He comes on like an evangelical preacher. In his husky Southern Maryland drawl, rising and falling in cadence, he inveighs against our schools, which he says are not teaching students to read and write.
he rages over a welfare system that "pays people to do nothing." He decries the litter and debris he sees in our cities and the "wasteful speading" in government, which he charges, "merely keeps the bureaucracy alive."
Carlton G. Beall, 60, Republican candidate for governor, grew up on a tobacco farm in southern Prince Georges County back in the days, he recalls, when life was pretty basic. You got a day's pay for a day's work, he said.
That is the kind of philosophy Carlton Beall says he would like to see directing the state government.
"We will eliminate every place there's waste (in the government). We will review every department to see where we have duplication (of services). And any department that is no longer needed, that is only there to keep the bureaucracy alive with no worthwhile purposes, must be eliminated," he says in his typically oratorial manner.
Despite his often colorful approach, his populist outlook and fiscal conservatism, Carlton Beall received 6 percent of the vote in a recent Baltimore Sun pool. Few key officials in the Republican Party can tell you much about him, except that he was Prince George's County sheriff in the early 1950s, went on to become U.S. marshal and postmaster in Washington, and came in second in the non-artisan election for Prince George's County executive in 1971.
"He's like the Rip Van Winkle of the Republican Party," said state Sen. Howard A. Denis (R-Montgomery County). "He was for 20 years and now all of a sudden he wants to be governor."
Yet, when Carlton Beall held a rally in the Prince George's Country Club last May to announce his candidacy, about 800 persons showed up according to people who were present. About half of them were Democrats, Beall's supporters say, attracted by a candidate who seems sincere when he promises them "an honest return on their tax dollar."
Most of the party leaders have criticized Beall for running a "divisive" campaign, which they fear could blacken the chances of Republican front-runner J. Glenn Beall in the general election. (The two candidates are not related.)
"He's a Johnny One-note, and his one note is to destry Glenn Beall," said Denis. "At the same time, I think he hopes to be confused with Glenn Beall (on the ballot)," he added.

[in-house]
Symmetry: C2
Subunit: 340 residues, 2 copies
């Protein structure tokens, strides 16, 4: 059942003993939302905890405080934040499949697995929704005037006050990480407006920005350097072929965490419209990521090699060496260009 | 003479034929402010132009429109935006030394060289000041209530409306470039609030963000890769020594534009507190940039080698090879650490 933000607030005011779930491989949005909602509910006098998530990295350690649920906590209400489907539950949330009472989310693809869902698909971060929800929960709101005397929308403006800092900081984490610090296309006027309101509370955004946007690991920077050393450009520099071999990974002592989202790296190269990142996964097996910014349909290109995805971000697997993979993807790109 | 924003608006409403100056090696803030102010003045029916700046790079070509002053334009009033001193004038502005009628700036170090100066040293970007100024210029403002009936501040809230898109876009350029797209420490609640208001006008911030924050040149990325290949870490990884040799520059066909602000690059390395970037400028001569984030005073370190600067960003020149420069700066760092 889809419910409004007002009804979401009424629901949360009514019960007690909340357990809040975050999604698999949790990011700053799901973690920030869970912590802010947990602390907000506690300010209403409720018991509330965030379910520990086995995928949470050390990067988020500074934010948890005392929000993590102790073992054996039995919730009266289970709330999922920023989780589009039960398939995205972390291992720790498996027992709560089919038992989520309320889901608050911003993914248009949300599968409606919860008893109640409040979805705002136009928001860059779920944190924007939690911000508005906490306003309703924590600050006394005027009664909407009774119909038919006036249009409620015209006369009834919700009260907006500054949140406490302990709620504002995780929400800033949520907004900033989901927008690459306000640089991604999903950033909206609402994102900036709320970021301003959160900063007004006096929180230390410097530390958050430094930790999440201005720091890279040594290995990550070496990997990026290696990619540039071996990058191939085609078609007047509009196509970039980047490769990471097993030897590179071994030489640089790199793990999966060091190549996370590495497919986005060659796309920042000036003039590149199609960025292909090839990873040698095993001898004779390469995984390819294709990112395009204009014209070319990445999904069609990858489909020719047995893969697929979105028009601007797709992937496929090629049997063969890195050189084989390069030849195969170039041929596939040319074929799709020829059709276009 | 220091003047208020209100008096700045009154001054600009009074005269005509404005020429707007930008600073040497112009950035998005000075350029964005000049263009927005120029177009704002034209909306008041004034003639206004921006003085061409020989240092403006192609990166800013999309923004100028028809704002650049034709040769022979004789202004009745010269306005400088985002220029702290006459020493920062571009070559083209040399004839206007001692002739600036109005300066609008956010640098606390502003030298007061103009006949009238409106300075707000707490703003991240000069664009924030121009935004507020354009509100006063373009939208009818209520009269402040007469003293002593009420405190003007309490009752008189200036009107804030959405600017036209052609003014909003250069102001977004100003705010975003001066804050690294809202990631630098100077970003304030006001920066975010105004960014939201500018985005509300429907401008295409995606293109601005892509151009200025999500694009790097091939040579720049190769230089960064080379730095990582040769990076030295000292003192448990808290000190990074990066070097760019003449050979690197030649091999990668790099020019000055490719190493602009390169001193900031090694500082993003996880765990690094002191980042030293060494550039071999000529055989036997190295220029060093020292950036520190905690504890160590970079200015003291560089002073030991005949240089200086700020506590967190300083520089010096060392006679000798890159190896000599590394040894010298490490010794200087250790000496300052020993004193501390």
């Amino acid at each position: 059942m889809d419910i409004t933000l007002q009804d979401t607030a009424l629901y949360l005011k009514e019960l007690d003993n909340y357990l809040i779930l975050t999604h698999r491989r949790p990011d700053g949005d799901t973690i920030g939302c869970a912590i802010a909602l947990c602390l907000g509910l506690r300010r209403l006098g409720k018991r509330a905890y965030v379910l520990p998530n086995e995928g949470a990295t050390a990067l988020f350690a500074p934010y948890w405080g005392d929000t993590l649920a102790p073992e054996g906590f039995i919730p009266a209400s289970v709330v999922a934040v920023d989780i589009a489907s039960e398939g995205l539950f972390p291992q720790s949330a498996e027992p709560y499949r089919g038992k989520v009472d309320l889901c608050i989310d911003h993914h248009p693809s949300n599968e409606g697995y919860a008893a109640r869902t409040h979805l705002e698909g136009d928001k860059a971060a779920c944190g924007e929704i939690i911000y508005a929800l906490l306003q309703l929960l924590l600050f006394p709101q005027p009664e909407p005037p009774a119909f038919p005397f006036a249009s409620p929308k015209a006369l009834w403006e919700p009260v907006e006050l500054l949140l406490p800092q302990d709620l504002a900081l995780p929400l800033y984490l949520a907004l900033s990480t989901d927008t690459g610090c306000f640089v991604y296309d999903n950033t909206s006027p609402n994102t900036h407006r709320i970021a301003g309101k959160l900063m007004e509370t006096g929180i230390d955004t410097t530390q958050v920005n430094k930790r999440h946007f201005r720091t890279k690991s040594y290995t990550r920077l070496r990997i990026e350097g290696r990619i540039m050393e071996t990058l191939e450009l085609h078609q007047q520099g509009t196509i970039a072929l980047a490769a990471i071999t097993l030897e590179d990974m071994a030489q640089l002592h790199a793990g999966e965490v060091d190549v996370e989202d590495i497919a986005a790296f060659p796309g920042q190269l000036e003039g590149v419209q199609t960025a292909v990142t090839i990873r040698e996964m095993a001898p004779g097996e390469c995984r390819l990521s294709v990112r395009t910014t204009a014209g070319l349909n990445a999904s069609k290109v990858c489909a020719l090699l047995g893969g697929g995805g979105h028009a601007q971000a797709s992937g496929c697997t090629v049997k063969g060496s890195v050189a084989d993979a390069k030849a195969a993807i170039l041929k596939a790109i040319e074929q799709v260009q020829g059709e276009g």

Carlton Beall calls J. Glenn Beall's record the main issue in the Republican primary.
Like Dr. Ross Pierpont, another Republican gubernatorial candidate, Beall has spent much of his time trying to remind the public that Glenn Beall received $250,000 from a secret campaign fund run by President Nixon's aides during Beall's 1970 senatorial campaign.
Beall later called his failure to report the use of these funds "a very poor decision." Carlton Beall charges in much of his literature that his opponent never fully explained to the public where all the money went.
Carlton Beall also has issued press releases about the transfer of some racing dates from the Cumberland race track, which was owned in part by the Beall family, during the time Glenn Beall was minority leader in the House of Delegates.
Although Beall disqualified himself from voting on the legislation that transfered the dates from Cumberland to the Timonium race track, Carlton Beall maintains that his opponent should "declare under oath that he never lobbied any member of the legislature for favorable votes" since the sale of the racing days profited Glenn Beall's family.
As Prince George's sheriff, Beall, a stocky, stern-looking man with a shock of silver hair and silver-rimmed glasses, brought charges against local gamblers and politicians alike.
When he took over as sheriff in December 1950, he recalls, the local gamblers sent him presents of a turkey, candy and whiskey, which they had the Prince George's police deliver.
The next Christmas, "they didn't send me any presents . . . I had to buy my own turkey." The gamblers, he said, "didn't like me any more."
As sheriff, Beall also testified before the Kefauver crime committee on gambling activities in the county.
When he was U.S. marshal in Washington, Beall recalls that his office cleared a backing of 3,000 arrest warrants, some of which were 13 or 20 years old, he said. "We identified (the wanted persons) if they were living or dead. . . we just loaded every paddy wagon in town," he recalled.
Until his retirement two years ago, Beall was manager of the Washington district of the Postal Service, where he oversaw the handling of mail in Washington and parts of Maryland, Virginia and West Virginia. He is quick to point out that as manager, he was in charge of budgets in excess of $100 million.
As a candidate, Beall says he feels the press has misconstrued his positions on such topics as welfare and education.
True, he has been quoted as saying the welfare system is "like giving swill to the swine." But what he really means, Beall says, is "that if there are three, four generations of the same family on welfare, the program is not working."
As governor, he says he would attempt to put people now on the welfare rolls to work. In Baltimore city, for example, where he says, "There are homes in disrepair, dirt in the alleys and streets."
Beall says the first mission of his administration would be to revamp the educational system in Maryland, which, he says is graduating students "who can't even read their own diplomas."
He says it would be well worth the cost for the state to have more vocational schools since "too many students are being pushed into college."
Beall puts his net worth at "over $1 million."
He expects to spend $20,000 on the primary and has contributed about $5,000 of his own money to the campaign, he said.